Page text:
In Miller's play, almost all the characters are well able to act upon the existing conflicts of society and self within their minds that are very imaginative. Whether the idea is perceived or real, there is the transcendence level which is an area that is between illusion and reality which is the part of fantasy and wishful thinking. Both plays employ music, lighting, and the screens on stage to blend the fantasy world and to differentiate reality from illusion. William employs creative literary techniques and this is done by making Tom both the character and the narrator in the play. This gives him Tom the authority to use poetic license so that he tries to come with fantasy world and the reality. The image of loss is mostly used by Williams to play in the dynamics of reality versus illusion in order to allow all the characters to create their own personal reality. As the play starts, there was fire that Laura tripped into on her way to the green grocer store and this was used to dramatizing the ineffectual attempts that she had made to escape the illusory world of fantasy (Harold 47).
Tom often had wishful thinking that he was dead. This was because he worked in a shoe warehouse which stiffened his aspirations and his mother kept complaining and accusing him. There was also "Rise and Shine" wake-up calls which made him live in the wishful thinking world (Menagerie 41). In the death of a salesman, the A.D. Choudhuri also observes, "Dreams of a better future slowly take the shape of wishful fantasies, so much so that the sharpness of the conflict between reality and illusion, between Loman's little dreams and the impersonal forces of society, seem to be apparently lost in comprehensive images of extraordinary poetic force" (70). Apparently, Willy never nurtures affection, family relations, and love and replaced them with superficial qualities such as "appearances are everything" and making connections." The fantasy world becomes so prevalent in this family (Harold 34).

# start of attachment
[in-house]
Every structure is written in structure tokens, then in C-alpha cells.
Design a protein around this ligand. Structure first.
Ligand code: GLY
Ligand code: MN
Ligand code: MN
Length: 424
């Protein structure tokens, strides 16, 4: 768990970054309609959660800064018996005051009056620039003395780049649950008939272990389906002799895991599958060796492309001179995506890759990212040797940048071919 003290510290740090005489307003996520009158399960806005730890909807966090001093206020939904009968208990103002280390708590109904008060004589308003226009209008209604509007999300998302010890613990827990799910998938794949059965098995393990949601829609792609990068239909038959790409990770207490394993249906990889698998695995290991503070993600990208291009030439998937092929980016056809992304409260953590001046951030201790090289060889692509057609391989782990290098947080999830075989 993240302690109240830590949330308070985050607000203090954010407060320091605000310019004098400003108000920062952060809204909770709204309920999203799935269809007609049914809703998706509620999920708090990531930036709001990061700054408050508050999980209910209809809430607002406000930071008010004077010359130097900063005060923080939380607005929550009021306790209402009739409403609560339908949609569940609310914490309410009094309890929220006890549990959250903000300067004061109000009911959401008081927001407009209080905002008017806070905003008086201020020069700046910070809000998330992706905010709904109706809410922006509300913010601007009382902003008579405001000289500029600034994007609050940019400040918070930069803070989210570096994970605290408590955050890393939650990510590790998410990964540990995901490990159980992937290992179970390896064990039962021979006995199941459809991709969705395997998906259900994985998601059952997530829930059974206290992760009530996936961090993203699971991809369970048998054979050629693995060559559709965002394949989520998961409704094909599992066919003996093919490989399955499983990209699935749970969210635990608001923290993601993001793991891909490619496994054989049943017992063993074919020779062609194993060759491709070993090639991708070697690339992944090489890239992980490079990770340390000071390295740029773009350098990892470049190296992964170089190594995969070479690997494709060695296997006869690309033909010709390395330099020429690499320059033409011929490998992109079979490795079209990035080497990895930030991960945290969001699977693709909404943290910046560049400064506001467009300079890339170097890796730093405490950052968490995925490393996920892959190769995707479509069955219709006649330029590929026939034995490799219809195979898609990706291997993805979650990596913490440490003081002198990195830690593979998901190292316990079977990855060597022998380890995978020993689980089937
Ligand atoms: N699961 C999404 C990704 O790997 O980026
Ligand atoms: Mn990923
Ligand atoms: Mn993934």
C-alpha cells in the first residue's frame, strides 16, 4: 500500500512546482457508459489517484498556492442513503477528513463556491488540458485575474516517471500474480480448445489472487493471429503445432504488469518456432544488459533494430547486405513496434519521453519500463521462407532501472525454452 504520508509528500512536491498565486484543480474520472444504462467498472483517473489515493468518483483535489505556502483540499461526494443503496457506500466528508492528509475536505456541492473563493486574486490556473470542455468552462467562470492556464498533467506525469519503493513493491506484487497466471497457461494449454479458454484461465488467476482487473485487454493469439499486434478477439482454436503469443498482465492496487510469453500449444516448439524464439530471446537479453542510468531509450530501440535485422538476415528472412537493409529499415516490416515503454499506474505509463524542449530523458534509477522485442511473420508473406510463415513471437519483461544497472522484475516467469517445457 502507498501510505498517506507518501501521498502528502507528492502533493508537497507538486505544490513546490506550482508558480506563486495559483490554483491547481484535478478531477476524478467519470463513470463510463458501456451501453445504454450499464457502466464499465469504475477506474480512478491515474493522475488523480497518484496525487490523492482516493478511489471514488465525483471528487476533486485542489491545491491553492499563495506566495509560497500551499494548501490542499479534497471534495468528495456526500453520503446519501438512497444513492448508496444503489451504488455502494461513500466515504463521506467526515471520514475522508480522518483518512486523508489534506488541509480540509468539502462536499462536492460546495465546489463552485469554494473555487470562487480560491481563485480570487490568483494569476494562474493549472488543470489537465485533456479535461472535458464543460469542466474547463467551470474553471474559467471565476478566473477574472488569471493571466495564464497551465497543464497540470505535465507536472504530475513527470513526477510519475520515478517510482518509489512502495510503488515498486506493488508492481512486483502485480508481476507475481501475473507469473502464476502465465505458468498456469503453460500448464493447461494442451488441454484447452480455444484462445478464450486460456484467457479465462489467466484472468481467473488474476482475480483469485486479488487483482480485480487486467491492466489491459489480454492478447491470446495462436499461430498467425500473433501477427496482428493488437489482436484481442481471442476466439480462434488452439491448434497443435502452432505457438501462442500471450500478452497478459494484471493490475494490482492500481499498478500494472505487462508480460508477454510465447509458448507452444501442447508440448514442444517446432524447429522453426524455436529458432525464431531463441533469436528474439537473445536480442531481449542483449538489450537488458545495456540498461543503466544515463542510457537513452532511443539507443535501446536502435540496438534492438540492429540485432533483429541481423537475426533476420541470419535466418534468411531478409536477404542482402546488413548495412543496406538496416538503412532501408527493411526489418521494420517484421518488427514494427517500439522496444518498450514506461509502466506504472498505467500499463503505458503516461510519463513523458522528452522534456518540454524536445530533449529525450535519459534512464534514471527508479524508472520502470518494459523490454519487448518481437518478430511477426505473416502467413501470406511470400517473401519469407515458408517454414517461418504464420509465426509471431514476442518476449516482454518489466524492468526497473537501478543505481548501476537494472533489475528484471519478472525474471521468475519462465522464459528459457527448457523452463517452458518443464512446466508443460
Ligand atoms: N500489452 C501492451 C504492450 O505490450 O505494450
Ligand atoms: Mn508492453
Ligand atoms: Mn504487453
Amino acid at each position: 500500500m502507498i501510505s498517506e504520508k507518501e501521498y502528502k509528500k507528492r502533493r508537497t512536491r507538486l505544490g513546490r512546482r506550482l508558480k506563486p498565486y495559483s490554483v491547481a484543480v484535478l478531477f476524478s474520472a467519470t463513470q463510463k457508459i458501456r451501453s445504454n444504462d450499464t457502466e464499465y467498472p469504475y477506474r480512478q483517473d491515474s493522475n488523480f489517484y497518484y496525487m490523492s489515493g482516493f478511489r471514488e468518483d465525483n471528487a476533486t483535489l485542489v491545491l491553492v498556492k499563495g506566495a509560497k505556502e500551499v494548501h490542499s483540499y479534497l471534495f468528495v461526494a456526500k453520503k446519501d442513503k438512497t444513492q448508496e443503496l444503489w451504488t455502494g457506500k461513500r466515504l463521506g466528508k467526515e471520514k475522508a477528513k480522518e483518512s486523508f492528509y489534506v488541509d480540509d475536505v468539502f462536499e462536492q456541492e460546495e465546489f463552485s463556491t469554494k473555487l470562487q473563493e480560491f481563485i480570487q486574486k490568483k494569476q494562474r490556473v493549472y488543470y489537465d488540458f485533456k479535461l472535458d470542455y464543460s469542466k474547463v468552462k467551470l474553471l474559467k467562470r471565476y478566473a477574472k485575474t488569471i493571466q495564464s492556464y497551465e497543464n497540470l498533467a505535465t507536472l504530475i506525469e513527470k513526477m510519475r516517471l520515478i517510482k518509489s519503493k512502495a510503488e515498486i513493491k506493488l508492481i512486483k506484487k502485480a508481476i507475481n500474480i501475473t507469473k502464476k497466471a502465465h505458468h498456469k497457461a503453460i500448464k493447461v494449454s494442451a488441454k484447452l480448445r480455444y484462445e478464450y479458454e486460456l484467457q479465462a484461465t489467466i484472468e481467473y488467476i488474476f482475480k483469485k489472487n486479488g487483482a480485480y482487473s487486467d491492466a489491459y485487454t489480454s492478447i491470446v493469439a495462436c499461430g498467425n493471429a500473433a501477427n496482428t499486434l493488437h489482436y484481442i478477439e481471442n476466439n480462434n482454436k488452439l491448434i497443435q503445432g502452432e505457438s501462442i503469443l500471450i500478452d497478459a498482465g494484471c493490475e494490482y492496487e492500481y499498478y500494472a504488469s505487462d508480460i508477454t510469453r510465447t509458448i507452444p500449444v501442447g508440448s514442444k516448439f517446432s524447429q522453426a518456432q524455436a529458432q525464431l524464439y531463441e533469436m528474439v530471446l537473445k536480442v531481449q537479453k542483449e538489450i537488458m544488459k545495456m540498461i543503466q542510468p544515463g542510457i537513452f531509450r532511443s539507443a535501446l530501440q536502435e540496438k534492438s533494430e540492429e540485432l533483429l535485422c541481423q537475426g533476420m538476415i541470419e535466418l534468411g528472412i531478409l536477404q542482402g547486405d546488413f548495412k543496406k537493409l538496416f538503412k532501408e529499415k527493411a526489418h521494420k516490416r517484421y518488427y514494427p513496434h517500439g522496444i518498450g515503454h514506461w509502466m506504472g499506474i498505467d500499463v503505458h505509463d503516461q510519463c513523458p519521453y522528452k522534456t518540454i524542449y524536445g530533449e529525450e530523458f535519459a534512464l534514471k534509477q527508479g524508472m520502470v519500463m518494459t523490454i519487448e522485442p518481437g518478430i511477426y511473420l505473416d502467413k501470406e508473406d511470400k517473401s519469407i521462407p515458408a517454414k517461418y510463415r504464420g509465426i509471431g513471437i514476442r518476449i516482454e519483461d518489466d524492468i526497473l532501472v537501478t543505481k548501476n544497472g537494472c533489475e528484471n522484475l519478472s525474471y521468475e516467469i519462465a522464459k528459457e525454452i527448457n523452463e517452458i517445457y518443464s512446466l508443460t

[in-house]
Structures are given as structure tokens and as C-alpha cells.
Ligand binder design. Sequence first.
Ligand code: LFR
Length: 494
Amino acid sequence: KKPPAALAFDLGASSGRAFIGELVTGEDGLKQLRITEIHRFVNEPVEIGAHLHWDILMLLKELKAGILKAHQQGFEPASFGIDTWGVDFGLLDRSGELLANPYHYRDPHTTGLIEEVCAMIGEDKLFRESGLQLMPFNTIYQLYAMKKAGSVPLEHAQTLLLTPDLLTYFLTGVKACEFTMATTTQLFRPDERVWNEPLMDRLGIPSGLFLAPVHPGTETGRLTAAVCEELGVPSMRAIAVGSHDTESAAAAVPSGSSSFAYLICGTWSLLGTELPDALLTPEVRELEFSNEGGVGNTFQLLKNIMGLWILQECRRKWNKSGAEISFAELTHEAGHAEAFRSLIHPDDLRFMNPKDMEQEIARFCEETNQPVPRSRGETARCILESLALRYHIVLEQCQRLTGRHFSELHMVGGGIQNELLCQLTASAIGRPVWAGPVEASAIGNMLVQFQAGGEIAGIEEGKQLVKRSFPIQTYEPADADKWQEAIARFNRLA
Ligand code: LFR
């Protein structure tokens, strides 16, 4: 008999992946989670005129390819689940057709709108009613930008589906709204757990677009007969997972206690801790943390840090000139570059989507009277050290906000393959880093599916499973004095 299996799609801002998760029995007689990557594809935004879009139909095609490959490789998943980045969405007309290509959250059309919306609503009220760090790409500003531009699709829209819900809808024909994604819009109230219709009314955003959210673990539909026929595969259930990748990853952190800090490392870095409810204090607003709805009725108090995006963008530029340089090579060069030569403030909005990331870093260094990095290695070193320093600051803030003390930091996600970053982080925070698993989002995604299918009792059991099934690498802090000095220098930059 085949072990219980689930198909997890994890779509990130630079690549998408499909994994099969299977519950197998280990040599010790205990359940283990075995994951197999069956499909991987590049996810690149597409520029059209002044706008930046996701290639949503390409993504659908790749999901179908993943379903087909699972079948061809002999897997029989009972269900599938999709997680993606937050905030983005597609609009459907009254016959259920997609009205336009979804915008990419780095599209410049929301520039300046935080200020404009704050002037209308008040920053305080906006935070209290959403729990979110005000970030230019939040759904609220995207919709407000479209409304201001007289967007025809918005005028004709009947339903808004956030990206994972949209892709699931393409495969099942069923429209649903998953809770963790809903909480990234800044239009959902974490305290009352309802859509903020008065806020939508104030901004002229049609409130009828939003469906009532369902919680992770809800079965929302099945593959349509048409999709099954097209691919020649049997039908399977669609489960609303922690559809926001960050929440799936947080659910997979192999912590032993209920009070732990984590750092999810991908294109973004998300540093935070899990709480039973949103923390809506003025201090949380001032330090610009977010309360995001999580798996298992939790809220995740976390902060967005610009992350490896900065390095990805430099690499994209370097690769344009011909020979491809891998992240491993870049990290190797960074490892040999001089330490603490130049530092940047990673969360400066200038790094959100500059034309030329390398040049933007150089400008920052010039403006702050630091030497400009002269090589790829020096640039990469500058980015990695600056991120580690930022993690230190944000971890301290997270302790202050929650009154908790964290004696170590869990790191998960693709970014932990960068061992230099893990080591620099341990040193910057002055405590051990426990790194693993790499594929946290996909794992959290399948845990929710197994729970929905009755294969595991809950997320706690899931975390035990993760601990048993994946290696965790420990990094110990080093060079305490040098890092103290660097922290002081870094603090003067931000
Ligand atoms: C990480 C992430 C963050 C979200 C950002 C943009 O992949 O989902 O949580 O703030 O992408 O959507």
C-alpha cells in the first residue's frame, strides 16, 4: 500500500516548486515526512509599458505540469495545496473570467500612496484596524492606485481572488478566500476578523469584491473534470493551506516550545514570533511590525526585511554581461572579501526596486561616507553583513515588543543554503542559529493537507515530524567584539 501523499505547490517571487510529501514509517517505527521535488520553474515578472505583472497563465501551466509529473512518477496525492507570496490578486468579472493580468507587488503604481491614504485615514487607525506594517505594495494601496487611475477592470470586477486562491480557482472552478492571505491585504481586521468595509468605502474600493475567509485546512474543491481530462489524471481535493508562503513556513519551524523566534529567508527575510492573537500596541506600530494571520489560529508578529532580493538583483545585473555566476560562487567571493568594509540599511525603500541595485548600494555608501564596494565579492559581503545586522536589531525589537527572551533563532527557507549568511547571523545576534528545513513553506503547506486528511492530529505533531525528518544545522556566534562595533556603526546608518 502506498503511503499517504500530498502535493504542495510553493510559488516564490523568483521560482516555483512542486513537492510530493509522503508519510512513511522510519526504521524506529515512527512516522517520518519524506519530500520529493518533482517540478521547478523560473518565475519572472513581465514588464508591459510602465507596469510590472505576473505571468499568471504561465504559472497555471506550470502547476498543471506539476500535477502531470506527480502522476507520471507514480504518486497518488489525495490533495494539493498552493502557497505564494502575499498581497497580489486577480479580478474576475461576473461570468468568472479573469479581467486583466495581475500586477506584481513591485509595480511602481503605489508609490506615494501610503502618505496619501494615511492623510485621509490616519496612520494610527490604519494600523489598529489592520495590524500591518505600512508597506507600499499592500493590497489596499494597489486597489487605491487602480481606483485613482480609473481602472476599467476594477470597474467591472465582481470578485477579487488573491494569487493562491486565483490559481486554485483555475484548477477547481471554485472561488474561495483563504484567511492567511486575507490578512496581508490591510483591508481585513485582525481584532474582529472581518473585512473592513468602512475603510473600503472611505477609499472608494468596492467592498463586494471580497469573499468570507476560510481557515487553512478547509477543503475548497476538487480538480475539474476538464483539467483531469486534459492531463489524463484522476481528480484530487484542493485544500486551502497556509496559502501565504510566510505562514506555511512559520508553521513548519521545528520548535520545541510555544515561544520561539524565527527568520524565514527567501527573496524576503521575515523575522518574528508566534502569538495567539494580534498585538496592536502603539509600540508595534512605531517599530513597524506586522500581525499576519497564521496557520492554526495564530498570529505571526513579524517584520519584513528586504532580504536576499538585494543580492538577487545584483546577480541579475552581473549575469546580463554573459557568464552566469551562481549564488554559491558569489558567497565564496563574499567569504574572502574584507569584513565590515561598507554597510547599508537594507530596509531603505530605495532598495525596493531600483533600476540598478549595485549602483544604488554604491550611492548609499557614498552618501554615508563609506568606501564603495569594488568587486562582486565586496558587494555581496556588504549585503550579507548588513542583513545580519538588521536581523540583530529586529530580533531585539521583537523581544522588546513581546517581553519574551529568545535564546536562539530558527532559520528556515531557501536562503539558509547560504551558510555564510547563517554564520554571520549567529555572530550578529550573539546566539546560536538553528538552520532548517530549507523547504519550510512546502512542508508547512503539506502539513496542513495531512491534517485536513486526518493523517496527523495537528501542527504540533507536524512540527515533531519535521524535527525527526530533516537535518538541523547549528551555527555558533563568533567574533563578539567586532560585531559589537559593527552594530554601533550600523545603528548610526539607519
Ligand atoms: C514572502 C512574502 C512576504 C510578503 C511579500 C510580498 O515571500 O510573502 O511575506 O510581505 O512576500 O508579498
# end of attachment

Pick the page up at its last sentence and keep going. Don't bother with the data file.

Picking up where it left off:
Some of the characters in the Glass Menagerie have the real capacity that they could ground themselves on in real life and hence maintaining the sense of self. Though this is not the case in the death of a salesman, Willy ultimately loses his life while chasing his success by achieving the so called qualities. He places so much value in superficial aspect of the dream of the Americans and chases dignity, recognition, and honor, peace of mind and sense of importance that they believe that they are purchased (71).
The character named Willy Loman can never be satisfied because he is a metaphor of showing us how a person would end up if he does substitute an illusion for reality. This is not the case in the other play because the characters are able to merge both reality and illusions. Illusion is part of the reality according to Miller's but in the Glass Menagerie, the reality is referred to as truth in the pleasant and beautiful disguise of illusion (Harold 22).
As a conclusion both the plays are very important and have differences and similarities especially with regards to the themes of wishful thinking and fantasy. They are well represented in both the plays and are recommended. These could apply in our day to day lives and everyone should take care that we are not taken over by the wishful thinking, dreams and fantasies.